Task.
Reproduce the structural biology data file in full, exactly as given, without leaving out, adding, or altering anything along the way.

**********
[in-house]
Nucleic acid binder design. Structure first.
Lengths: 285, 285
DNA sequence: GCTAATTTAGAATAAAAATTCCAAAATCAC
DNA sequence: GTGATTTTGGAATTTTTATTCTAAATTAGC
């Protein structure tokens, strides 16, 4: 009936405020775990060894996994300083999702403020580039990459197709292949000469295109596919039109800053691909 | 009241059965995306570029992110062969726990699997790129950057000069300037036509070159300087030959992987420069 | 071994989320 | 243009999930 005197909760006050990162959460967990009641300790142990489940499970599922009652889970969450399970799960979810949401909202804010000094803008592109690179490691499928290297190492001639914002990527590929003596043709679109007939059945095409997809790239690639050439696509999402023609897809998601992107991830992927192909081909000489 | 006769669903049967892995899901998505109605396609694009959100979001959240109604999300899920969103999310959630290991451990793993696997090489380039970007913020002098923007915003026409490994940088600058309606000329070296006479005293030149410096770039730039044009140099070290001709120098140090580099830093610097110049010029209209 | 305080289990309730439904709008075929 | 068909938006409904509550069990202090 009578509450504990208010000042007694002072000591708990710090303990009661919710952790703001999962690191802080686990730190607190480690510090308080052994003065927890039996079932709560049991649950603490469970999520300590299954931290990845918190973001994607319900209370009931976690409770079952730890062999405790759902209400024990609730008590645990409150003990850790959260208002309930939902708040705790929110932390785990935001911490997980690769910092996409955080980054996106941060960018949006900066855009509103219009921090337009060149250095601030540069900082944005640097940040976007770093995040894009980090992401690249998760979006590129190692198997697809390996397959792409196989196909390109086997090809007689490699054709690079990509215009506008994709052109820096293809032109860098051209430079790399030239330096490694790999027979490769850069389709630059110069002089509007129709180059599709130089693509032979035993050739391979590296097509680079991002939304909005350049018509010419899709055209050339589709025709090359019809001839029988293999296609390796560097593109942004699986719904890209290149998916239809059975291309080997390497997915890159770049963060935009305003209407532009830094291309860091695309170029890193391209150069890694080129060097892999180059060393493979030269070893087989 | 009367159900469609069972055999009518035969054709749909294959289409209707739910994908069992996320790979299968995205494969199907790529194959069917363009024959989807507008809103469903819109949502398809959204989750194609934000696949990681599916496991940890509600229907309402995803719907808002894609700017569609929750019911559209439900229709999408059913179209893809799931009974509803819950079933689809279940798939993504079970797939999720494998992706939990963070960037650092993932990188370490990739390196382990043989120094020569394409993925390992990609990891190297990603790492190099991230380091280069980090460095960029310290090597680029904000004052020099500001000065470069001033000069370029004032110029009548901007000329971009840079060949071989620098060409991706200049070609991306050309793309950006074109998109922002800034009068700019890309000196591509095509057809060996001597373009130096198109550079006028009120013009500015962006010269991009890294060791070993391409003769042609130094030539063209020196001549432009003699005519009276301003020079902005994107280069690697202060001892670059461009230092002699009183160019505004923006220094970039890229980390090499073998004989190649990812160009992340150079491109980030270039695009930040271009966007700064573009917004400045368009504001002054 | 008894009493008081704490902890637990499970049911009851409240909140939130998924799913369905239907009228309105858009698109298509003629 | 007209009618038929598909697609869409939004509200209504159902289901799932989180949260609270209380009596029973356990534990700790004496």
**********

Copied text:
[in-house]
Nucleic acid binder design. Structure first.
Lengths: 285, 285
DNA sequence: GCTAATTTAGAATAAAAATTCCAAAATCAC
DNA sequence: GTGATTTTGGAATTTTTATTCTAAATTAGC
């Protein structure tokens, strides 16, 4: 009936405020775990060894996994300083999702403020580039990459197709292949000469295109596919039109800053691909 | 009241059965995306570029992110062969726990699997790129950057000069300037036509070159300087030959992987420069 | 071994989320 | 243009999930 005197909760006050990162959460967990009641300790142990489940499970599922009652889970969450399970799960979810949401909202804010000094803008592109690179490691499928290297190492001639914002990527590929003596043709679109007939059945095409997809790239690639050439696509999402023609897809998601992107991830992927192909081909000489 | 006769669903049967892995899901998505109605396609694009959100979001959240109604999300899920969103999310959630290991451990793993696997090489380039970007913020002098923007915003026409490994940088600058309606000329070296006479005293030149410096770039730039044009140099070290001709120098140090580099830093610097110049010029209209 | 305080289990309730439904709008075929 | 068909938006409904509550069990202090 009578509450504990208010000042007694002072000591708990710090303990009661919710952790703001999962690191802080686990730190607190480690510090308080052994003065927890039996079932709560049991649950603490469970999520300590299954931290990845918190973001994607319900209370009931976690409770079952730890062999405790759902209400024990609730008590645990409150003990850790959260208002309930939902708040705790929110932390785990935001911490997980690769910092996409955080980054996106941060960018949006900066855009509103219009921090337009060149250095601030540069900082944005640097940040976007770093995040894009980090992401690249998760979006590129190692198997697809390996397959792409196989196909390109086997090809007689490699054709690079990509215009506008994709052109820096293809032109860098051209430079790399030239330096490694790999027979490769850069389709630059110069002089509007129709180059599709130089693509032979035993050739391979590296097509680079991002939304909005350049018509010419899709055209050339589709025709090359019809001839029988293999296609390796560097593109942004699986719904890209290149998916239809059975291309080997390497997915890159770049963060935009305003209407532009830094291309860091695309170029890193391209150069890694080129060097892999180059060393493979030269070893087989 | 009367159900469609069972055999009518035969054709749909294959289409209707739910994908069992996320790979299968995205494969199907790529194959069917363009024959989807507008809103469903819109949502398809959204989750194609934000696949990681599916496991940890509600229907309402995803719907808002894609700017569609929750019911559209439900229709999408059913179209893809799931009974509803819950079933689809279940798939993504079970797939999720494998992706939990963070960037650092993932990188370490990739390196382990043989120094020569394409993925390992990609990891190297990603790492190099991230380091280069980090460095960029310290090597680029904000004052020099500001000065470069001033000069370029004032110029009548901007000329971009840079060949071989620098060409991706200049070609991306050309793309950006074109998109922002800034009068700019890309000196591509095509057809060996001597373009130096198109550079006028009120013009500015962006010269991009890294060791070993391409003769042609130094030539063209020196001549432009003699005519009276301003020079902005994107280069690697202060001892670059461009230092002699009183160019505004923006220094970039890229980390090499073998004989190649990812160009992340150079491109980030270039695009930040271009966007700064573009917004400045368009504001002054 | 008894009493008081704490902890637990499970049911009851409240909140939130998924799913369905239907009228309105858009698109298509003629 | 007209009618038929598909697609869409939004509200209504159902289901799932989180949260609270209380009596029973356990534990700790004496």